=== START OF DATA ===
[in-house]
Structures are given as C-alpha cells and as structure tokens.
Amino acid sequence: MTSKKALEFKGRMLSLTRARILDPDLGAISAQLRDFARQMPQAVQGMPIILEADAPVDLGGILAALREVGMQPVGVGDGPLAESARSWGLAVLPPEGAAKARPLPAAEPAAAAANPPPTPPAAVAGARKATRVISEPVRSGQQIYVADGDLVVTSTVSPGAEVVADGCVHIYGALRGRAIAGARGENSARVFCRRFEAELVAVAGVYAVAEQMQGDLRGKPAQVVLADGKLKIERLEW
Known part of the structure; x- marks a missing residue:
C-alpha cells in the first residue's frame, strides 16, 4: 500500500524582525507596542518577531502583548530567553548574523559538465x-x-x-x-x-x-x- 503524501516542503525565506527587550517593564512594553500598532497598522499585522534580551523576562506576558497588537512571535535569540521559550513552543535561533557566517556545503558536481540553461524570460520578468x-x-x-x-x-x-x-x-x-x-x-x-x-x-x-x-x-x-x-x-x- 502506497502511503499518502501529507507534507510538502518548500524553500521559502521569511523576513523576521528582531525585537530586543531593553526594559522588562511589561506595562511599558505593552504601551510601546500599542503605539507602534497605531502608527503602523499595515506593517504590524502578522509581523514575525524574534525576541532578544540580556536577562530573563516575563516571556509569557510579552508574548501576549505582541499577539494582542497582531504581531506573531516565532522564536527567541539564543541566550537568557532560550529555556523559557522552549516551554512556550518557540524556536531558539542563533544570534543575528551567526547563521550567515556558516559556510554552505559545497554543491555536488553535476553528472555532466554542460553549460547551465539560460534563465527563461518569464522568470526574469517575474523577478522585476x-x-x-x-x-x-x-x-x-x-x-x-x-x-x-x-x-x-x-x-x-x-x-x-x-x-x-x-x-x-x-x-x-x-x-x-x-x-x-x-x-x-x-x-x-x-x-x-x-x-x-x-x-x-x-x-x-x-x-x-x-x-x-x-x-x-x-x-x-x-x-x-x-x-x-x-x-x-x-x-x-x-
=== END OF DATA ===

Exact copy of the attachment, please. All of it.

[in-house]
Structures are given as C-alpha cells and as structure tokens.
Amino acid sequence: MTSKKALEFKGRMLSLTRARILDPDLGAISAQLRDFARQMPQAVQGMPIILEADAPVDLGGILAALREVGMQPVGVGDGPLAESARSWGLAVLPPEGAAKARPLPAAEPAAAAANPPPTPPAAVAGARKATRVISEPVRSGQQIYVADGDLVVTSTVSPGAEVVADGCVHIYGALRGRAIAGARGENSARVFCRRFEAELVAVAGVYAVAEQMQGDLRGKPAQVVLADGKLKIERLEW
Known part of the structure; x- marks a missing residue:
C-alpha cells in the first residue's frame, strides 16, 4: 500500500524582525507596542518577531502583548530567553548574523559538465x-x-x-x-x-x-x- 503524501516542503525565506527587550517593564512594553500598532497598522499585522534580551523576562506576558497588537512571535535569540521559550513552543535561533557566517556545503558536481540553461524570460520578468x-x-x-x-x-x-x-x-x-x-x-x-x-x-x-x-x-x-x-x-x- 502506497502511503499518502501529507507534507510538502518548500524553500521559502521569511523576513523576521528582531525585537530586543531593553526594559522588562511589561506595562511599558505593552504601551510601546500599542503605539507602534497605531502608527503602523499595515506593517504590524502578522509581523514575525524574534525576541532578544540580556536577562530573563516575563516571556509569557510579552508574548501576549505582541499577539494582542497582531504581531506573531516565532522564536527567541539564543541566550537568557532560550529555556523559557522552549516551554512556550518557540524556536531558539542563533544570534543575528551567526547563521550567515556558516559556510554552505559545497554543491555536488553535476553528472555532466554542460553549460547551465539560460534563465527563461518569464522568470526574469517575474523577478522585476x-x-x-x-x-x-x-x-x-x-x-x-x-x-x-x-x-x-x-x-x-x-x-x-x-x-x-x-x-x-x-x-x-x-x-x-x-x-x-x-x-x-x-x-x-x-x-x-x-x-x-x-x-x-x-x-x-x-x-x-x-x-x-x-x-x-x-x-x-x-x-x-x-x-x-x-x-x-x-x-x-x-